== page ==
• GPS Insight and Netradyne team up to offer Driveri Dash Cams that capture 360-degree views at 1080p and the Greenzone Scorecard to track safe driving.
  • Jamf (management) rings the bell for a new version of Jamf School for more flexible teaching with Apple technology.

Pete BartolottaNon-product vendor news. New business cards are needed for Pete Bartolotta (pictured) as he moves up to president of business transformation at Avnet.

Start the Welcome Wagon app for Claire Dixon as she joins Intel as corporate vice president and chief communications officer.

Welcome Wagon stop #2 will be for Casey Cheyne at IGEL, where he fills the newly-created vice president, cloud partnerships role.

Lastline (security) welcomes Jarrett Miller as vice president of global channel sales.

F-Secure pulled the curtain on its new Global Partner Program for B2B IT resellers. The four different tiers are Registered, Silver, Gold, and Platinum.

Mastercard and Zoho joined up to help small businesses all over the globe with a range of products like enterprise planning and finance, CRM, and marketing help.

CriticalStart (managed detection and response) will now be available through Ingram Micro.

Axcient (data protection) has signed up with Zedsphere for distribution.

Cisco (you know) looks to improve its coherent optics technology by acquiring Acacia Communications.

NTT Security completed the gobbling, er, acquisition of WhiteHat Security.

Zyxel Communications turned on its new solar power system, a full 200kw, built with the help of SunPower and Renova Energy. That hit a key milestone in the Zyxel Green Initiative.

This week’s stats ticker:

Is artificial intelligence a real thing? Absolutely, according to the IDC report Artificial Intelligence Global Adoption Trends & Strategies. Top of mind for almost every enterprise, but only 25% have developed a company-wide AI strategy. At least the majority (60%) who tried it reported changes in their business model with IT operations the number one biz area using AI. Nearly half of organizations have a formalized framework to use AI ethically, and nearly a quarter have a senior management position involved to ensure adherence.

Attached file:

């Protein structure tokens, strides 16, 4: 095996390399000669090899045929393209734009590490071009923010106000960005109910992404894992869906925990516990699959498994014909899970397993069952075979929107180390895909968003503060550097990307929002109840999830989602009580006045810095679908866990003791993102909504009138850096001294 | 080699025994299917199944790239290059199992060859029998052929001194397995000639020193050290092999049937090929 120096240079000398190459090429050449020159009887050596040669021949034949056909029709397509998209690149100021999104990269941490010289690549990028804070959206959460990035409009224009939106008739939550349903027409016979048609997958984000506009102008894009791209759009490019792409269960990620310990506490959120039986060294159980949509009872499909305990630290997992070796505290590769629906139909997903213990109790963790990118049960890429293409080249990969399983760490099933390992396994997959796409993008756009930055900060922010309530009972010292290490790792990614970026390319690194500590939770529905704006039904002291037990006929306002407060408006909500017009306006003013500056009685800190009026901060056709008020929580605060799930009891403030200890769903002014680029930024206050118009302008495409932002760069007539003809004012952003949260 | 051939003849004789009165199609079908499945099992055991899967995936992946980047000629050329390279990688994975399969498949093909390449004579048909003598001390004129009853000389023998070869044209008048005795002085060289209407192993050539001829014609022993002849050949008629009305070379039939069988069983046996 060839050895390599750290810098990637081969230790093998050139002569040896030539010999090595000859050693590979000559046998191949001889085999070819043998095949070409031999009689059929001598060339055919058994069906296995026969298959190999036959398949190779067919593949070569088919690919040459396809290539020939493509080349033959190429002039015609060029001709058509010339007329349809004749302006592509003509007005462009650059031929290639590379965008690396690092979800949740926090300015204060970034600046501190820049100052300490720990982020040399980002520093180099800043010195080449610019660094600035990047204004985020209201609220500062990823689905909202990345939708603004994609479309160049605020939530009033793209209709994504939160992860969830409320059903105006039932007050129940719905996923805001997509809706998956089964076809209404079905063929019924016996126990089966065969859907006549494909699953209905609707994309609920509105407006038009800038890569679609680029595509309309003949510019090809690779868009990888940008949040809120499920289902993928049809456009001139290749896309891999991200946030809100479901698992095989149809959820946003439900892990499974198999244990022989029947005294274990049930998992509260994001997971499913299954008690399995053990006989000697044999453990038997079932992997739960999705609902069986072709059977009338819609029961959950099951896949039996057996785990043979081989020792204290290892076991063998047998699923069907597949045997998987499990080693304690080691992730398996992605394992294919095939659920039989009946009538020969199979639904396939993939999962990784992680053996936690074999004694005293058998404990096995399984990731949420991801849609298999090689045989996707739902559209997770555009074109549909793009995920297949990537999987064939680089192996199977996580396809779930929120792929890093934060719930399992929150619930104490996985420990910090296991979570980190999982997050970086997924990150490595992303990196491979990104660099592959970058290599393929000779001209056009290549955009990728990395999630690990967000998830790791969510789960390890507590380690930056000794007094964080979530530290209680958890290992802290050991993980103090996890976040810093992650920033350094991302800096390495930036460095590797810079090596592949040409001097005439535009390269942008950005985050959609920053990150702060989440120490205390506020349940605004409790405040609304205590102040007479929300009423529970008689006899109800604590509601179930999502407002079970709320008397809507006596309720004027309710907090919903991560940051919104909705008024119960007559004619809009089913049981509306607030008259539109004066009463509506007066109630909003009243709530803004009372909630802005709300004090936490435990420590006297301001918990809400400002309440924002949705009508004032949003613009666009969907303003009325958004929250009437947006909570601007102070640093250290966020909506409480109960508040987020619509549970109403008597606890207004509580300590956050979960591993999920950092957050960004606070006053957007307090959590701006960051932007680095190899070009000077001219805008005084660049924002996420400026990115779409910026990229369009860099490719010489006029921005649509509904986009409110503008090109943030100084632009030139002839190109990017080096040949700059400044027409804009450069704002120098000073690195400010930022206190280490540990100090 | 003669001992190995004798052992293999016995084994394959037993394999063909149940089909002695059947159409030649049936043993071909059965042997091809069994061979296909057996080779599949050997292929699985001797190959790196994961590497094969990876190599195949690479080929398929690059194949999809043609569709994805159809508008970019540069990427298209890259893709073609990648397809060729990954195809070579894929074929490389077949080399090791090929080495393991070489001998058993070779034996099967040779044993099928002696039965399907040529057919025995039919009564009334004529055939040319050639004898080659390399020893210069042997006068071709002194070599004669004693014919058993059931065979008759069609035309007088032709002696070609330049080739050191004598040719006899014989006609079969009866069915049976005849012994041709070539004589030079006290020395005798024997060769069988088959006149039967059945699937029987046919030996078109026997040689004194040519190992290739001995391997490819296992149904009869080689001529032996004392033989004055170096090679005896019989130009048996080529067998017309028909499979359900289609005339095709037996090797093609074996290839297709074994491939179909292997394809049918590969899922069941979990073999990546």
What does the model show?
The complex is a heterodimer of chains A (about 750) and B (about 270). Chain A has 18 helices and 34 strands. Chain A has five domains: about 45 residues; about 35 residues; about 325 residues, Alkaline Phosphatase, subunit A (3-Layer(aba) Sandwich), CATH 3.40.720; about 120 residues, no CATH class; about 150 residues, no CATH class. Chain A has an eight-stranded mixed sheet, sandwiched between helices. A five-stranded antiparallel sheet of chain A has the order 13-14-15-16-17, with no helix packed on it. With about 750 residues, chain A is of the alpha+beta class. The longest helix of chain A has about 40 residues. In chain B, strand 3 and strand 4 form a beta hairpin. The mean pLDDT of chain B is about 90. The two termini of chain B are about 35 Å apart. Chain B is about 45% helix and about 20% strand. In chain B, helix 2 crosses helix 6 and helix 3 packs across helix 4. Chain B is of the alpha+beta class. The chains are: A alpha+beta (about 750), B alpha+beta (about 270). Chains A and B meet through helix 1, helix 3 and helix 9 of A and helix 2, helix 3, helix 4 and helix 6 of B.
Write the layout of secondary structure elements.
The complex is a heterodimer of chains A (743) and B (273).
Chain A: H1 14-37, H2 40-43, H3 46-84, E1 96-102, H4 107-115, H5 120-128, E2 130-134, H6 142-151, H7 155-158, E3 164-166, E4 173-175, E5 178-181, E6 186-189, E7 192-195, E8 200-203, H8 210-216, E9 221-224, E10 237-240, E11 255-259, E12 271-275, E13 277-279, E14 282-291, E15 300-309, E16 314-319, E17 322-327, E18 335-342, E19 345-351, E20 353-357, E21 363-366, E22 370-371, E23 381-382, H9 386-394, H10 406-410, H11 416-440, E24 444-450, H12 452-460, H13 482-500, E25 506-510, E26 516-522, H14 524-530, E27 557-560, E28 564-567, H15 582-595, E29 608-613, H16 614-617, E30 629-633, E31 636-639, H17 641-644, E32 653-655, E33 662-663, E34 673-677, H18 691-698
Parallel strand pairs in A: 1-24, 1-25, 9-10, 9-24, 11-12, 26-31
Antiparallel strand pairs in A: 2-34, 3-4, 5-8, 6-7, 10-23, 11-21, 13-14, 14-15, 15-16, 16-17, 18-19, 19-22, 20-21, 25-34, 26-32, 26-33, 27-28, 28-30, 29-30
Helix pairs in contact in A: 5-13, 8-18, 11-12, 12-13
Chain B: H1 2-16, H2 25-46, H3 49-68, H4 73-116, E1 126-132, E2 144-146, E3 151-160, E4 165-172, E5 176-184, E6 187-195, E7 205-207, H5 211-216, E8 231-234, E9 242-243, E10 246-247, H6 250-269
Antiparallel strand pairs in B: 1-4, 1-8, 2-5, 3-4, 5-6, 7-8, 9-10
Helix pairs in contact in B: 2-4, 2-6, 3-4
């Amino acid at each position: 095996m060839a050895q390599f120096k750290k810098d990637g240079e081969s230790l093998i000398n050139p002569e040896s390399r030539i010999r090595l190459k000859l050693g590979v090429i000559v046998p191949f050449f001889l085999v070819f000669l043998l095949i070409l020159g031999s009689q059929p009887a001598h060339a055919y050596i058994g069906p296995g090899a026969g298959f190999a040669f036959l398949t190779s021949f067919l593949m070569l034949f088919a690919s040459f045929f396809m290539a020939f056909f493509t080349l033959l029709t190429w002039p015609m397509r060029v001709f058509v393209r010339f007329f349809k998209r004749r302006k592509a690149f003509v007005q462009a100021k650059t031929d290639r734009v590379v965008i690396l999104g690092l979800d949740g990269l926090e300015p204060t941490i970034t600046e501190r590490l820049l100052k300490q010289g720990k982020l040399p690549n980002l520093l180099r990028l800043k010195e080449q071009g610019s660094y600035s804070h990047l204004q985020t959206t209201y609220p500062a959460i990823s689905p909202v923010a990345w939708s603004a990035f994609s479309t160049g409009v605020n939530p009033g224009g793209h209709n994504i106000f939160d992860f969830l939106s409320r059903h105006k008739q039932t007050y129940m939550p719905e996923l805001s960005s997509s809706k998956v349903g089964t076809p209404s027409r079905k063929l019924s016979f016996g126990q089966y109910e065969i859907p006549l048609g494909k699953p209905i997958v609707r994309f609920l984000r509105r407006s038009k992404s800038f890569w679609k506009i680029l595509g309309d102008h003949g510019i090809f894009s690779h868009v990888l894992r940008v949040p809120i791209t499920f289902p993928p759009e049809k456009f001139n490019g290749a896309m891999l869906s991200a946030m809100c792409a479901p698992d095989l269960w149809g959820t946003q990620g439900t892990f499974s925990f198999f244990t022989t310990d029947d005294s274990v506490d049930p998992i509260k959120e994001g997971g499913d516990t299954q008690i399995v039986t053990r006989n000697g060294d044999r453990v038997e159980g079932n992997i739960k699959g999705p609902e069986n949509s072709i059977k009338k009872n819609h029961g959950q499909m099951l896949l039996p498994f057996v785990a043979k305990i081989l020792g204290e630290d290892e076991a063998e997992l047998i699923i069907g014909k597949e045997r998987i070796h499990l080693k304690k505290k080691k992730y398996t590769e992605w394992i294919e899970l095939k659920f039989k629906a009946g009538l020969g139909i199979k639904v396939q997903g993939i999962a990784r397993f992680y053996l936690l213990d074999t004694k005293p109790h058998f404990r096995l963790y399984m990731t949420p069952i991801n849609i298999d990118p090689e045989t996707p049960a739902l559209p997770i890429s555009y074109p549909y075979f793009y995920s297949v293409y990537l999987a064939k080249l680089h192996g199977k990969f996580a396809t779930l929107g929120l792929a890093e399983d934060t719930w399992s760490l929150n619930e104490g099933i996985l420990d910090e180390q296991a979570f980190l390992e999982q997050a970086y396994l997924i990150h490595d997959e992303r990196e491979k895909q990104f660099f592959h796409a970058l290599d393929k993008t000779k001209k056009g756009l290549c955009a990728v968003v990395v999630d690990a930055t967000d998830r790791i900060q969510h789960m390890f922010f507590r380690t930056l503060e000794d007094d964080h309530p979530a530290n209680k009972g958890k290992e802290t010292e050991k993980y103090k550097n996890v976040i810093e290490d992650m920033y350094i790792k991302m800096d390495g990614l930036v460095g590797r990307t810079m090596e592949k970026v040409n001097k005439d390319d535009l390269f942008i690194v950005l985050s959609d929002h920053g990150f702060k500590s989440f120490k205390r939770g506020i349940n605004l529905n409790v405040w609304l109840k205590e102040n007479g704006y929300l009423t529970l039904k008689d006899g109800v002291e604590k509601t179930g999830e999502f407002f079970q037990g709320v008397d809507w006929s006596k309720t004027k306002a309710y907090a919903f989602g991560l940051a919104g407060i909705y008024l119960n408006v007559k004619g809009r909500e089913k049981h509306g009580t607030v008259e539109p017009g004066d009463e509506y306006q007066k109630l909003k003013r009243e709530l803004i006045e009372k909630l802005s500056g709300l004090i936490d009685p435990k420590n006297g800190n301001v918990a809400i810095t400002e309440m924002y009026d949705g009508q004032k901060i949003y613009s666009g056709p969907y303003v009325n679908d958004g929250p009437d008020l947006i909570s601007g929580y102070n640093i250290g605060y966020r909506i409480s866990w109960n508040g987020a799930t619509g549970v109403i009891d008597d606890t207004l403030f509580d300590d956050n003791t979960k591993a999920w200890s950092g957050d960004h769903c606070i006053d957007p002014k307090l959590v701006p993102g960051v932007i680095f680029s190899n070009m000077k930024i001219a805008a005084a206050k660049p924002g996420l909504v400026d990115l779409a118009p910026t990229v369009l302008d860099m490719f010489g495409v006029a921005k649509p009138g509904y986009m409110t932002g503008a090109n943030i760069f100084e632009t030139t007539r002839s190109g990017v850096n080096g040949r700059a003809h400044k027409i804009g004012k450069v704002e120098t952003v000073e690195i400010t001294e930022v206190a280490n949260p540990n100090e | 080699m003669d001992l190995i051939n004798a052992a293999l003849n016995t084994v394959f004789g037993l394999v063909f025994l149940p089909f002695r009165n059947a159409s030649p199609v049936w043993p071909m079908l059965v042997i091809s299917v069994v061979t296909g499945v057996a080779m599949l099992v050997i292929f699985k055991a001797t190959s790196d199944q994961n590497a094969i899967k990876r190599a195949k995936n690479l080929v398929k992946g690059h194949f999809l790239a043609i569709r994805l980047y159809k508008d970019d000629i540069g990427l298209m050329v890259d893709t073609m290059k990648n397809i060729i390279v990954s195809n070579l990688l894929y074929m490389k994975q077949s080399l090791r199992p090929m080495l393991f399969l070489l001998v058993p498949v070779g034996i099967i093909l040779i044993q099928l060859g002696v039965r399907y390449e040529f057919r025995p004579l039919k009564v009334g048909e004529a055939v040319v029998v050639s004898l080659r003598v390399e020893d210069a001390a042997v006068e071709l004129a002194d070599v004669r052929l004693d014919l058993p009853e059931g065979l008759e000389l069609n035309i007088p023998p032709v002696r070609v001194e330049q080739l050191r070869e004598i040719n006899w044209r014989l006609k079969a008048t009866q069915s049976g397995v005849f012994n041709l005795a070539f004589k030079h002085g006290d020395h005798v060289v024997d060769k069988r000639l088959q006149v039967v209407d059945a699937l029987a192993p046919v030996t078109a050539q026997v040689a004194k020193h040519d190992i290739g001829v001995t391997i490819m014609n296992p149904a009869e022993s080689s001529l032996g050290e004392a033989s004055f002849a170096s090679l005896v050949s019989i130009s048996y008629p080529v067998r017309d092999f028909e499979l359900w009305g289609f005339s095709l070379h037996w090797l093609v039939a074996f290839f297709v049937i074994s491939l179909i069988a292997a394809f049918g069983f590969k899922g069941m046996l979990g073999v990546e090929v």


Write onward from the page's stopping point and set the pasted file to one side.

Criminals may not be geniuses (thank goodness) but they are persistent. Sophos did a global survey called The Impossible Puzzle of Cybersecurity and bad guys still bang on the door every minute. Phishing emails were involved in 53% of those hit with cyberattacks. 41% of attack targets suffered a data breach. Surprisingly, only 16% of respondents consider supply chain security a top risk, which are often the target of nation state adversary attacks. Often those are a launch pad for automated active-adversary attacks. Perhaps that’s why 75% of IT teams find staying up to date with cybersecurity technology a real challenge.

Synergy Research studied the data from Q1 on video conferencing and collaboration. It found year over year growth at 10%, reaching up to $1.5 billion. Video-as-a-Service and USB video conferencing increasingly drive this market. Cisco and Poly (Polycom) lead by a wide margin in videoconferencing and dedicated video desktop segments. Cisco and LogMeIn lead in conferencing SaaS. Better single code systems, more nimble USB video rooms, and VaaS cloud services will keep growth at 10% or so globally.

Lost Air ShowAnother example of men never asking for directions. The Patrouille Suisse is the Blue Angels of the Swiss Air Force, and makes flyovers just like the U.S. and British (Red Arrows) teams. Last weekend, the Swiss flyers did the flyover thing they do so well for the Swiss aviation pioneer Oskar Bider.

At least that was the plan. Instead, the Swiss jets appeared four miles away over the 31st Northwest Yodeling festival. Yes, four miles away.

While it would seem precision would be important to an Air Force, even for flyovers to entertain a crowd, four miles doesn’t seem so precise. Turns out the planes used are over 40 years old and include no modern navigation tools like GPS. That means the flyers rely on maps.


On the other hand, the significant others dragged against their will to the yodeling festival had a moment of relief as the lost jets drowned out all that wailing.

About the Author

James E. Gaskin's picture

JAMES E. GASKIN is a ChannelPro contributing editor and former reseller based in Dallas.